Senate Republicans blocked an effort by Democrats to unanimously pass three election security-related bills Tuesday, marking the latest attempt to clear legislation ahead of the November elections. Democrats tried to get consent to pass two bills that require campaigns to alert the FBI and Federal Election Commission (FEC) about foreign offers of assistance, as well as legislation to provide more election funding and ban voting machines from being connected to the internet. But Sen. Marsha Blackburn (R-Tenn.) opposed each of the requests. Under the Senate’s rules, any one senator can ask for unanimous consent to pass a bill, but any one senator can object and block their requests. Blackburn accused Democrats of trying to move the bills knowing that GOP lawmakers would block them and giving them fodder for fundraising efforts. “They are attempting to bypass this body’s Rules Committee on behalf of various bills that will seize control over elections from the states and take it from the states and where do they want to put it? They want it to rest in the hands of Washington, D.C., bureaucrats,” she said.
The government’s top cybersecurity agency will focus on four key objectives to secure this year’s elections from hacking and other interference: protecting election infrastructure, assisting political campaigns, increasing public awareness about foreign intrusion, and facilitating the flow of information on vulnerabilities and potential threats between the public and private sectors. That’s according to the Cybersecurity and Infrastructure Security Agency’s #Protect2020 Strategic Plan, issued by the Homeland Security Department on Friday. The blueprint follows a Government Accountability Office report that said the agency would struggle to execute a nationwide strategy without a finalized agenda. The strategic plan describes the agency’s plans to work with federal law enforcement and state and local election officials on a “whole-of-nation effort” to defend electoral systems. “If we learned anything through 2016 and the Russian interference with our elections, it’s [that] no single organization, no single state, no locality can go at this problem alone,” CISA Director Christopher Krebs said in the report.
National: White House Budget Gives Election Assistance Commission More Funding, But Expert Says It’s Not Enough | Courtney Bublé/Government Executive
Amid growing concern about the integrity of the nation’s election systems, President Trump gave the federal agency charged with coordinating efforts to ensure accurate and secure voting a slight funding increase as part of his fiscal 2021 budget request to Congress, but one expert says it would not be nearly enough. On Monday, the White House sent Congress a $4.8 trillion budget request for fiscal 2021 that would increase military spending by 0.3% and decrease non-defense spending by 5%. For the bipartisan and independent Election Assistance Commission, the plan proposed allocating a little over $13 million, of which $1.5 million would be transferred to the National Institute of Standards and Technology. This would represent a $300,000 increase over fiscal 2020 enacted levels, after subtracting a one-time allocation for relocation expenses from the 2020 total. While some election security experts applauded the slight funding boost in Trump’s proposal, others say more is needed for the agency that certifies voting systems and serves as an information clearinghouse for best practices in election administration.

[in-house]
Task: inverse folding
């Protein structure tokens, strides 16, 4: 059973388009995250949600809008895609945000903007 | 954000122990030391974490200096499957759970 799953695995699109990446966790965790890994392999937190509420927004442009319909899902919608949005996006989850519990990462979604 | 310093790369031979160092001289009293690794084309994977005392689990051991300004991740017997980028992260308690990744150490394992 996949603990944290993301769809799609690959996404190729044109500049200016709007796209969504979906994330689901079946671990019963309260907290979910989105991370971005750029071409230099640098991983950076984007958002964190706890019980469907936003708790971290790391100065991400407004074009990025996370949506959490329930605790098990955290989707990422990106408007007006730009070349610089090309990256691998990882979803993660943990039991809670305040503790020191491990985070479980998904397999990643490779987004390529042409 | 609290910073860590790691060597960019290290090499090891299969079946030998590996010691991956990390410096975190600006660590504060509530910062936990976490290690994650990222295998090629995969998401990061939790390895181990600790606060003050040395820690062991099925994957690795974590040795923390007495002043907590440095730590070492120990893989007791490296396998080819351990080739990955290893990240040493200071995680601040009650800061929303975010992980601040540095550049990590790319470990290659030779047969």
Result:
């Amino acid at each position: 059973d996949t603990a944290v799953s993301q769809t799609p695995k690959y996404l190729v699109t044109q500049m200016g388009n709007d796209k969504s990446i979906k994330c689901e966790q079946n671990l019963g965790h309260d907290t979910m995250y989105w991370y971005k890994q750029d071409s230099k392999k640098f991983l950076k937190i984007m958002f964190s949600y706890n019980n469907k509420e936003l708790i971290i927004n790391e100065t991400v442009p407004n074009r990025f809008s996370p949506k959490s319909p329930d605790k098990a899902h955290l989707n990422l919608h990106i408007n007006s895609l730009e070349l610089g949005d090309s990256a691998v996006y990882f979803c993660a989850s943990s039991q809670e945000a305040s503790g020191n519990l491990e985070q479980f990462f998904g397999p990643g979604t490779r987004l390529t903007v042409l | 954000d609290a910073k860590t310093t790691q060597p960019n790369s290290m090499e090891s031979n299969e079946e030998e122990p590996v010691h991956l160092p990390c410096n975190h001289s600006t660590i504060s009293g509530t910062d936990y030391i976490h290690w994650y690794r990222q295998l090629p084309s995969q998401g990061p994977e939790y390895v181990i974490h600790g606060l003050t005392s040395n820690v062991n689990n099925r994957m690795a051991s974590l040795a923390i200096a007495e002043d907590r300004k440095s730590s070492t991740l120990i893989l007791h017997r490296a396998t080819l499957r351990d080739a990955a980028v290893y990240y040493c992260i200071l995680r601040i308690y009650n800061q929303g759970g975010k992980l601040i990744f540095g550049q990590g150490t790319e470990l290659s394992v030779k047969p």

National: As Targets, States Need to Be Prepared for the 2020 Election | Tom Guarente/StateTech Magazine
With the first 2020 election primaries upon us, state government leaders are faced with the critical question of whether their election systems are prepared for looming cybersecurity threats. Foreign threat actors have shown again and again their interest in undermining one of the most sacred rights Americans hold: the vote. In Florida, it’s been reported, Russian interference in voter roll systems had the potential to alter results during the 2016 midterm elections. In Illinois, media reports show, there’s evidence that hackers working for Russian military intelligence installed malware on the network of a voter registration technology vendor. In fact, all 50 states’ election systems were targeted by Russia in 2016, according to a July 2019 report from the U.S. Senate Select Committee on Intelligence. Cyber-enabled election threats did not end in 2016. In the 2018 midterm elections, FireEye identified multiple social media accounts impersonating congressional candidates and spreading pro-Iran messages.
The fiasco caused by an app that failed to properly transmit votes in the Iowa caucuses is worrying the mobile voting industry, which hoped 2020 would be a banner year. Companies — and proponents of incorporating more technology into elections — are trying to avoid being lumped in with the hastily made app used in Iowa. They’re saying its failure proves serious investment in user-friendly, secure election technology is more critical than ever. “We need to ensure that every new idea is tested, transparent and secure — just like the eight successful mobile voting pilots conducted to date,” Bradley Tusk, the founder and CEO of Tusk Philanthropies, said in a statement. “Enough is enough. 2016 should have been enough of a wake-up call. Iowa just confirmed it.” Tusk Philanthropies has funded pilots for mobile voting across the country, launched in a push to increase participation in elections. Unlike the app used in Iowa, which was developed to relay vote counts, the pilots use technologies that allow voters to easily vote from their mobile phones. So far, the pilots have largely been limited to eligible uniformed and overseas voters and voters with disabilities. But any expansion is sure to fall under an even more critical spotlight. Any malfunction — or hack — of an app used directly for voting in 2020 could have far greater impact in undermining public faith in the Democratic process than one Democratic caucus gone wrong.